Thanksgiving is the most unassuming of holidays. It heralds in the holiday season and a marked uptick in civility and courtesy in the universe. It doesn’t ask anything except for families to gather and spend time together – and indulge their love of pumpkin pie. It ranks as many people’s favorite holiday as it focuses around family without the nagging commercialism and stress that can dominate the season.
It is a time for us all to remember how lucky we are and appreciate those who are special to us.
It truly is a time to be thankful.
When it comes to providing the very best in Customer service, the idea of gratitude and good manners is the glue that holds it all together. When it comes to the extoling the virtues of appreciation, there is no greater holiday touchstone than Thanksgiving.
Let’s face it, the answer is in the name, as the entire holiday was born from the gratitude of the Mayflower colonists in 1621 following a successful harvest. There are some very particular lessons that we can learn from this holiday and if we listen closely, history is calling to us to remember the attributes that make this time of year so very special to many.
RELATIONSHIPS MATTERS: The 1621 harvest was a milestone in the colonization of our nation. It represented a partnership between the Wampanoag and Pawtuxet tribes and the colonists who landed near Cape Cod. This relationship taught the struggling Colonists how to tap maple trees, fish, avoid poisonous vegetation, and harvest Corn. The history lesson aside, most times success requires folks to count on one another and really pull the rope in the same direction. Partnership matters within organizations as Customers and businesses strive to find success. It is truly a two way street and the more we can inspire our Customers and clients to take on a partnership role rather than one of customer to vendor, the better we can serve them.
INNOVATION MATTERS: Doing the same things will yield the same results. That is all well and fine if what you are doing is working, but if it isn’t, then you have to retool your thinking. We all learned that when the first Colonists arrived in the New World they brought equipment for gold prospecting and mining rather than agriculture and survival. The first colonies were doomed but later settlers who adapted, learned, and tried new things succeeded. The extension of this thought is that those in business have to be adaptive if they are to survive – sometimes it isn’t easy to change, but you must do so if you are to survive. Guests will push us to be innovative, flexible, and innovative at all turns. Those who win are the ones who can make the most of the situation while remaining true to their core mission.
CELEBRATION MATTERS: The history books tell us that the first Thanksgiving was celebration of the first successful corn harvest. The fledgling colony invited their Native American allies and gathered for a feast lasting several days. This is how we all need to celebrate winning. Often we openly admit mistakes but rarely take the time to celebrate our victories. That isn’t to say we should be egomaniacal about our successes, but we shouldn’t hide them either. When our teams work hard and win, they deserve a little celebration. That could be a round of coffees from the local café, a pizza party, or even something as whacky as a disco fondue party. Take the time and utilize your budget to be sure that everyone knows how appreciated they are and how integral they are to the success of the organization.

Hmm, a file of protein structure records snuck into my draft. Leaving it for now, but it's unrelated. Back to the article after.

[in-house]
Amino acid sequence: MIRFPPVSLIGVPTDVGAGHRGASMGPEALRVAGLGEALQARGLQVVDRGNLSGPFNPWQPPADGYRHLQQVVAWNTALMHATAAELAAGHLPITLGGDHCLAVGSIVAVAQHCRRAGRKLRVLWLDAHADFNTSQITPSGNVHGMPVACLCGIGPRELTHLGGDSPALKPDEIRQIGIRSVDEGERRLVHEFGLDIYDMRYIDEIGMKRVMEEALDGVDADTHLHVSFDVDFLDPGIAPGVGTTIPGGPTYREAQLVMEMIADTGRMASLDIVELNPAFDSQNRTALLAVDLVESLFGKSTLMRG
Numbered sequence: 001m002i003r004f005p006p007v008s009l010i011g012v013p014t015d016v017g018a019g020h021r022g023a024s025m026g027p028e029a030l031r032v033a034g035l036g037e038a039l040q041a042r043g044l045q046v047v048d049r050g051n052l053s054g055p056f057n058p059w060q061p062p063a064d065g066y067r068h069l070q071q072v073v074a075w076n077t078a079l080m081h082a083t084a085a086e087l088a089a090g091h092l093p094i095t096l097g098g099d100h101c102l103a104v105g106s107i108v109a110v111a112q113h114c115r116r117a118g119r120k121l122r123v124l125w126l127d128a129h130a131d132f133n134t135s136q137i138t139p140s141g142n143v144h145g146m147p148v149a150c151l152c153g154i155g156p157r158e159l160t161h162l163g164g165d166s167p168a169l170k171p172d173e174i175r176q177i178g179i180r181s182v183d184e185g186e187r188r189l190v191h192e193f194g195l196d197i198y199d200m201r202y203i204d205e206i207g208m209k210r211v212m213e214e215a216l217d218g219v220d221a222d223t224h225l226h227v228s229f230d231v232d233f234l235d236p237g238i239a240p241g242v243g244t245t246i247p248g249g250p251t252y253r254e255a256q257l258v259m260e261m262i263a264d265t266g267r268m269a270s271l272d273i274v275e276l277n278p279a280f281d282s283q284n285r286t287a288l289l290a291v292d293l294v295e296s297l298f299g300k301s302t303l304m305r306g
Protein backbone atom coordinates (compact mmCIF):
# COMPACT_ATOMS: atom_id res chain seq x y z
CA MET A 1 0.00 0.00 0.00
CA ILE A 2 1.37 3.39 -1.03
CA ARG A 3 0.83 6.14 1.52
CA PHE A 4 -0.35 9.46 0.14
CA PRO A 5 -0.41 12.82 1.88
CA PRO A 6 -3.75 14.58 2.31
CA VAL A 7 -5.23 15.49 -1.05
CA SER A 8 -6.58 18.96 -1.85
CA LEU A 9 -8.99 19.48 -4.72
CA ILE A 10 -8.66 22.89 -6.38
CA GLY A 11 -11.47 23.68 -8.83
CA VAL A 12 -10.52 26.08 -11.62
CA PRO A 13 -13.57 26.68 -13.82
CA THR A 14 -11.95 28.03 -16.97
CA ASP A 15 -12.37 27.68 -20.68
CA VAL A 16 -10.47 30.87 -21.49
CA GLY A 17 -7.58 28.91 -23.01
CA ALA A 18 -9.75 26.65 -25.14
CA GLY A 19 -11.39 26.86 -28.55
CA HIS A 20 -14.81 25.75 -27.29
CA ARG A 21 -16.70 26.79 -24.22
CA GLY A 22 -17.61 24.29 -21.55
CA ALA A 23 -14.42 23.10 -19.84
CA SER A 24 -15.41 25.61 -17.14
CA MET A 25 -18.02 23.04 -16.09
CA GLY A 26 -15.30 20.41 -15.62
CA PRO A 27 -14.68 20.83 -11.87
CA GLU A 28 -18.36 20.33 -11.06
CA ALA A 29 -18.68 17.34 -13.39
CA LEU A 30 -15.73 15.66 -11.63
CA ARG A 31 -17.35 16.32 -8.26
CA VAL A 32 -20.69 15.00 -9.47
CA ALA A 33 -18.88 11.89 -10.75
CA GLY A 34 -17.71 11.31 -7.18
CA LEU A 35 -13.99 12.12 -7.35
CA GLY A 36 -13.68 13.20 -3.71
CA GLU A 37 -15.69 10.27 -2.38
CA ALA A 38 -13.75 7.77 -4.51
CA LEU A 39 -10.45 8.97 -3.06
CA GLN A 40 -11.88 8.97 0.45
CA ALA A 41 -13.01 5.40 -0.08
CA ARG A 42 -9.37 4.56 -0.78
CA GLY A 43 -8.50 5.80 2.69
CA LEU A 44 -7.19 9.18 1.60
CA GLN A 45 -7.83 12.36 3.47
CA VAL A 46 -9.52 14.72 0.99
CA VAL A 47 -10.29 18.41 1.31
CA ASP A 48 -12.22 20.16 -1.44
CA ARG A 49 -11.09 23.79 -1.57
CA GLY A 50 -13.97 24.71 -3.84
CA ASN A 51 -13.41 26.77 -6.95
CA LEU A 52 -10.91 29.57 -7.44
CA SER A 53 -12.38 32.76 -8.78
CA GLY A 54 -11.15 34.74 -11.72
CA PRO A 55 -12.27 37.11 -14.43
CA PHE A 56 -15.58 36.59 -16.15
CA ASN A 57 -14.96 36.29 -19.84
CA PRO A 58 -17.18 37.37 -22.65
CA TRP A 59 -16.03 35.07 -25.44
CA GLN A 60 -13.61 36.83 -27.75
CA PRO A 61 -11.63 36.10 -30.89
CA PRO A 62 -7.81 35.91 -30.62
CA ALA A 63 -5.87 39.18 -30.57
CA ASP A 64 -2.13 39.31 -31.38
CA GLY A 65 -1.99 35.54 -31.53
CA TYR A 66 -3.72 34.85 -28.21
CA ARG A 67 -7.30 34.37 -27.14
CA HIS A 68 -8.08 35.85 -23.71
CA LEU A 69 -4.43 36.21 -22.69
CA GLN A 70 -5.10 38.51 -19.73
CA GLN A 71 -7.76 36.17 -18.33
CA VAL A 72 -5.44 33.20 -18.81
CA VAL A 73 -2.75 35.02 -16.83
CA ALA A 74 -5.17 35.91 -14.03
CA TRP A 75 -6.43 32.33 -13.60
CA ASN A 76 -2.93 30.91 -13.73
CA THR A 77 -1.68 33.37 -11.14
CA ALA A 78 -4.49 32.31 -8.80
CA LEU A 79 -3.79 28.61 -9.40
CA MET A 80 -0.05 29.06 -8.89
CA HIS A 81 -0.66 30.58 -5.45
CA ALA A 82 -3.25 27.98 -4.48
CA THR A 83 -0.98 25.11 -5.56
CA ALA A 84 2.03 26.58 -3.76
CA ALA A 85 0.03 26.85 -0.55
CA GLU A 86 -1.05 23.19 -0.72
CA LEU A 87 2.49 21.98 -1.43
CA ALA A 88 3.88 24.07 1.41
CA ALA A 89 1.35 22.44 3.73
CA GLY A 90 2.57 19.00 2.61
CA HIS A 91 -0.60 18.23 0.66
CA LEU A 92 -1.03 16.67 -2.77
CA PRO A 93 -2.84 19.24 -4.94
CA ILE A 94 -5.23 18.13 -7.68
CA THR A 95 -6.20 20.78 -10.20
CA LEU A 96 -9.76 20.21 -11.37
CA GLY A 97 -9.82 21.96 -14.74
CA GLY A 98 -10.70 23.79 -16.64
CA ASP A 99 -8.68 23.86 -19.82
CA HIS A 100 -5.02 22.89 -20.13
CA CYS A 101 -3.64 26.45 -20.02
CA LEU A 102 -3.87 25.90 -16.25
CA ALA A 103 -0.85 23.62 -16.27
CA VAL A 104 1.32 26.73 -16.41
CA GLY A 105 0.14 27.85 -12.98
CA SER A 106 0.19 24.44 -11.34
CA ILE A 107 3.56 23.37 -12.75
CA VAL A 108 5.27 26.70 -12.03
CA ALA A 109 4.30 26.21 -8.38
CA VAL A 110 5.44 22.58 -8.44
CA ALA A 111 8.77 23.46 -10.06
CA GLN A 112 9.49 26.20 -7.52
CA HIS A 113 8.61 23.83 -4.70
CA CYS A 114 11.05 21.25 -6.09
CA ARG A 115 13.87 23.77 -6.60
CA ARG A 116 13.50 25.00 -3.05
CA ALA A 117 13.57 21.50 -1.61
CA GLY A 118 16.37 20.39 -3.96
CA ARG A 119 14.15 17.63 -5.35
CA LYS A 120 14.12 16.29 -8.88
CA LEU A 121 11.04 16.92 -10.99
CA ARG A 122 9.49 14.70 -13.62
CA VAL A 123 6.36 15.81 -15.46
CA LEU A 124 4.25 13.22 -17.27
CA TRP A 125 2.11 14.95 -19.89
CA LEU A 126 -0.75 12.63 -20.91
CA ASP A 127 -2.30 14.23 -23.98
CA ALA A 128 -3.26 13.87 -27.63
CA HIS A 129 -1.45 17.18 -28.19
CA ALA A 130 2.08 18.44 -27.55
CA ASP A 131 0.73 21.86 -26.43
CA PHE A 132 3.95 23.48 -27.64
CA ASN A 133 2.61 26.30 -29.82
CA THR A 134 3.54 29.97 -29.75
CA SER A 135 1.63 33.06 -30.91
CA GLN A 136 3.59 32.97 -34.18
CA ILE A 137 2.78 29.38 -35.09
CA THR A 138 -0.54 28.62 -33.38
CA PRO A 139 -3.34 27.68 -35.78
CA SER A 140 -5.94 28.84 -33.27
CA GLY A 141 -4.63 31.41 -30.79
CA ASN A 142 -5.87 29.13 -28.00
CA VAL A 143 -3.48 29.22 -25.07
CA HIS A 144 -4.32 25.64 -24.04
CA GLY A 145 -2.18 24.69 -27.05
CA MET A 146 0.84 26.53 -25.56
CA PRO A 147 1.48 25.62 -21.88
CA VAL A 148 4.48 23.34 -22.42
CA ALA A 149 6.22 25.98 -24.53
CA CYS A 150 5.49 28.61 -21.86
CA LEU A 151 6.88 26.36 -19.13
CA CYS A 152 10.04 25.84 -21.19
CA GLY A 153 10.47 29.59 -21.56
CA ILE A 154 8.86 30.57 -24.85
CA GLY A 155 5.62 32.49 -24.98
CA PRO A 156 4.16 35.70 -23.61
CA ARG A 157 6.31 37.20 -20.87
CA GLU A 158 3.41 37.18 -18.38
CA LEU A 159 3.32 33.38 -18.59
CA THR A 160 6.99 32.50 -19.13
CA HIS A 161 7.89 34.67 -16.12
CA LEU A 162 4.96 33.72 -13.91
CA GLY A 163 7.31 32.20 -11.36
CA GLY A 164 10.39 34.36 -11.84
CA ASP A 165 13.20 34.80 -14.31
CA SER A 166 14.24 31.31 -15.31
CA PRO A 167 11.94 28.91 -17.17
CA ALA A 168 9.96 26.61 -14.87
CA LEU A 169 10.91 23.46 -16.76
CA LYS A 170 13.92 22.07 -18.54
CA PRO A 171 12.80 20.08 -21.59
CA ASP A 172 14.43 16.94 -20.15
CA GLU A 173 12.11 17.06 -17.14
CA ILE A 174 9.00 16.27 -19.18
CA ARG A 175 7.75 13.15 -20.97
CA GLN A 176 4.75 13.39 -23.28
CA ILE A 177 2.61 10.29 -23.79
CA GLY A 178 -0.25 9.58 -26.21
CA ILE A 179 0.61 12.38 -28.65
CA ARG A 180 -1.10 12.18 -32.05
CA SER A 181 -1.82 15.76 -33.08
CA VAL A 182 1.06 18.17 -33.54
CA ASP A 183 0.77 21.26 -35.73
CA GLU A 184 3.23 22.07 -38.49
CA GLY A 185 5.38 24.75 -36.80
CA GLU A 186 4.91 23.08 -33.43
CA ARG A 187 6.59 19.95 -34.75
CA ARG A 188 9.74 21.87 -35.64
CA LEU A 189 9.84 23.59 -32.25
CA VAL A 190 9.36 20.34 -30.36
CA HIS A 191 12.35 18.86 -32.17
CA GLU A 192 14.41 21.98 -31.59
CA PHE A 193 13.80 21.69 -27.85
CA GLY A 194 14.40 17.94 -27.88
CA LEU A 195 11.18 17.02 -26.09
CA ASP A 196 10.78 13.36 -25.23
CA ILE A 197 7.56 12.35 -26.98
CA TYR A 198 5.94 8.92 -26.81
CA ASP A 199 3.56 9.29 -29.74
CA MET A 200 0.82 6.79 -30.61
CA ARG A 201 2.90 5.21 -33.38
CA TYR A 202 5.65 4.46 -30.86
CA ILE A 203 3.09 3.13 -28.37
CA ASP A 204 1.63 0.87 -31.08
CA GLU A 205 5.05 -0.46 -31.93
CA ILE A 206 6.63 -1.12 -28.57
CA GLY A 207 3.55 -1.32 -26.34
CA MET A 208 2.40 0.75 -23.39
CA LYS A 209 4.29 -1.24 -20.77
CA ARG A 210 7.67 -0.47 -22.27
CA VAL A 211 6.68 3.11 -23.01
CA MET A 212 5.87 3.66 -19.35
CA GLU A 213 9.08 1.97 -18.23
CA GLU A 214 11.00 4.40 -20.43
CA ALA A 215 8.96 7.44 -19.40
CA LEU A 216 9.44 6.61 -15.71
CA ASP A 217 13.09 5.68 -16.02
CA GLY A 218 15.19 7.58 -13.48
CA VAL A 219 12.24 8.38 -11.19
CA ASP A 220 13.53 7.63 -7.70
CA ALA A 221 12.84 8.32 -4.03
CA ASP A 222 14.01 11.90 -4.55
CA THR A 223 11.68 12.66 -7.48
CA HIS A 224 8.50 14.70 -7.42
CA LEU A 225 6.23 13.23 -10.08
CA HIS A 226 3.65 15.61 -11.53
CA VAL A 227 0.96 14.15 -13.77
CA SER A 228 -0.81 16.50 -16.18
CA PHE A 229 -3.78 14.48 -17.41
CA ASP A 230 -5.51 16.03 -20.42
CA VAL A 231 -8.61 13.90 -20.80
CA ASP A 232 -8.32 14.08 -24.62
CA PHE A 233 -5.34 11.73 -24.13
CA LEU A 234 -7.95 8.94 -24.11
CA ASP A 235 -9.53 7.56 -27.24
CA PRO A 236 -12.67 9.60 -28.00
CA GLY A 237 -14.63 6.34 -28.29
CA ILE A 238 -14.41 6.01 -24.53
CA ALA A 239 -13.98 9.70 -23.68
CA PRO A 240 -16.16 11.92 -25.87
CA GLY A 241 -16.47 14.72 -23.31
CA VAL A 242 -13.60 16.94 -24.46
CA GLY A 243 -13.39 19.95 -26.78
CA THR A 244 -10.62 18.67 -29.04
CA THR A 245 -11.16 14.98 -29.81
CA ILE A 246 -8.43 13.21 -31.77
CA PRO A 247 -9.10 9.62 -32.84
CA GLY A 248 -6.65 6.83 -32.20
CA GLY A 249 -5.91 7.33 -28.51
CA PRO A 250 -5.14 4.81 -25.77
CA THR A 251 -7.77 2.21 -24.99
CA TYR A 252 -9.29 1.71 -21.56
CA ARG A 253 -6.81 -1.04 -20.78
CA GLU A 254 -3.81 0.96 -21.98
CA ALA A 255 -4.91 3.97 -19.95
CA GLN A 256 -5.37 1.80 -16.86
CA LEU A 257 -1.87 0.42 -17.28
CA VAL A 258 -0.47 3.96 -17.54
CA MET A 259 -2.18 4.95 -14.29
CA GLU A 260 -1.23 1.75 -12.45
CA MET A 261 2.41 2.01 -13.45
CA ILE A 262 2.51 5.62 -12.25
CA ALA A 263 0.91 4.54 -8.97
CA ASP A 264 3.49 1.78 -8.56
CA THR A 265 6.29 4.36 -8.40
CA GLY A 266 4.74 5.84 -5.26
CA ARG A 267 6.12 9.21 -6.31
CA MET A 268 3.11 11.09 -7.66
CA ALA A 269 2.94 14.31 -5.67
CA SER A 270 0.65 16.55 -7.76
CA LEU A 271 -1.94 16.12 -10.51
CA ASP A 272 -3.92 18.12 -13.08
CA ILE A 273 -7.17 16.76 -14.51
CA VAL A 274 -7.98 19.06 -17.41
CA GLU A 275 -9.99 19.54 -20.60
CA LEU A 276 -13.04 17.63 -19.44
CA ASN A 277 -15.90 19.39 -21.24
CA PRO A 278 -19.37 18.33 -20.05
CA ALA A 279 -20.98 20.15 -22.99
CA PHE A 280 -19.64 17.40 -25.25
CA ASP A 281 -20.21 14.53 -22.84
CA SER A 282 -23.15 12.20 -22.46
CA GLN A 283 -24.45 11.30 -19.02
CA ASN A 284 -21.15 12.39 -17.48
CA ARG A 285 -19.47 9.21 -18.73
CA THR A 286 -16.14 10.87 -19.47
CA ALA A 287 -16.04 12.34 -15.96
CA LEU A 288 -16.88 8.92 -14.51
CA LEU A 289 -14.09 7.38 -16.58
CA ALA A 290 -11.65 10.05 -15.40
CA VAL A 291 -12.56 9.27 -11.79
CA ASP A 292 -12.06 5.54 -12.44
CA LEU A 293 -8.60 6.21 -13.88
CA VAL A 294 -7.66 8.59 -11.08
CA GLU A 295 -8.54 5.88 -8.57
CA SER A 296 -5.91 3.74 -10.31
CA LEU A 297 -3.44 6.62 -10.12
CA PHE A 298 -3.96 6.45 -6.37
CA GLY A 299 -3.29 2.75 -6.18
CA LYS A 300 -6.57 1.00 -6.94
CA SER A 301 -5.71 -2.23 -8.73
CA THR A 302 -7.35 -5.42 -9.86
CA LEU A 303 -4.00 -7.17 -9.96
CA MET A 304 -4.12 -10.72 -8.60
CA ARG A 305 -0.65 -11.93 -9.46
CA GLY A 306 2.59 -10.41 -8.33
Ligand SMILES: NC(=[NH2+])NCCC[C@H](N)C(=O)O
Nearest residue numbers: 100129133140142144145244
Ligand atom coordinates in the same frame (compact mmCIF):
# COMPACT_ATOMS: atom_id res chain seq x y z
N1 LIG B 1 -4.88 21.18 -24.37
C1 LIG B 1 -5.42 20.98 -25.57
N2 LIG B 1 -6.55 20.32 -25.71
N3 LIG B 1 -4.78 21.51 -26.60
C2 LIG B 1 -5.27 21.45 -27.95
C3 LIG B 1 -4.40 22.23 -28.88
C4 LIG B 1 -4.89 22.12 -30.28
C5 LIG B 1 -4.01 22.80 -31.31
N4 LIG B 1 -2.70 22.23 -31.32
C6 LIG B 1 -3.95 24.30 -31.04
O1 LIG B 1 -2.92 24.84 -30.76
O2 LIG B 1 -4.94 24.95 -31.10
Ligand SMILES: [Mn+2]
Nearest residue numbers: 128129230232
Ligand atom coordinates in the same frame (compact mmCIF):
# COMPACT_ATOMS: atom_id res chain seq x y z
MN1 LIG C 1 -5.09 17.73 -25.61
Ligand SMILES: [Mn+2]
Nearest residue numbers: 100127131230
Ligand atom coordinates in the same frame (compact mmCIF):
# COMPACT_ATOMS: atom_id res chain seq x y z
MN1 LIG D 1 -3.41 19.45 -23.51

GRATITUDE MATTERS: The idea of Thanksgiving has morphed over the years from a celebration of that first harvest and remembrance of our humble beginnings to a time to count our blessings. I know around my dinner table we often take time to list those items for which we are most thankful. I also make it a habit to give thanks to the most important people in my life and always smile when I hear from someone that I have impacted. This idea of gratitude and thankfulness can carry through to our work world as well. When we bring genuine caring to our Guests and our teams they will certainly feel it, and it will help drive an insane level of loyalty. Have you ever been out frequenting a business and not received a “thank you” after spending your hard earned money? I know I have and it frustrates me every time. Think about times when that has happened to you and commit to thank every one of your Guests. The idea of gratitude must permeate every piece of our service right down to the words we use. Thanking Guests is just the beginning – positive words and phrases matter, too. The culture of appreciate should be a part of everything we do. If you want to go to the next level, replace the phrase “Your Welcome” with “It’s My Pleasure” when you are thanked by a Guest. Ritz Carlton has long made this a part of their lexicon and Chick-fil-A’s founder was inspired to implement the same phraseology after a visit to one of their properties. These kinds of carefully scripted moves can help set you apart.
All-in-all, though, whether you choose to learn from the spirit of Thanksgiving or just enjoy the all-out food coma and meat sweats that come along with the holiday, I wish you and your family the very best this holiday season.
Take a moment to breath, enjoy a restful day, and treat everyone in your life like cherished family and friends.
Tony Johnson Customer Service Expert | Author | Trainer | Speaker
Check out my new book: RECIPE FOR SERVICE Now Available on Amazon.com http://www.amazon.com/Recipe-Service-Inspire-Deliver-Customer/dp/0986391204
The First Thanksgiving 1621, oil on canvas by Jean Leon Gerome Ferris (1899). Image Courtesy of History Channel and Wikipedia
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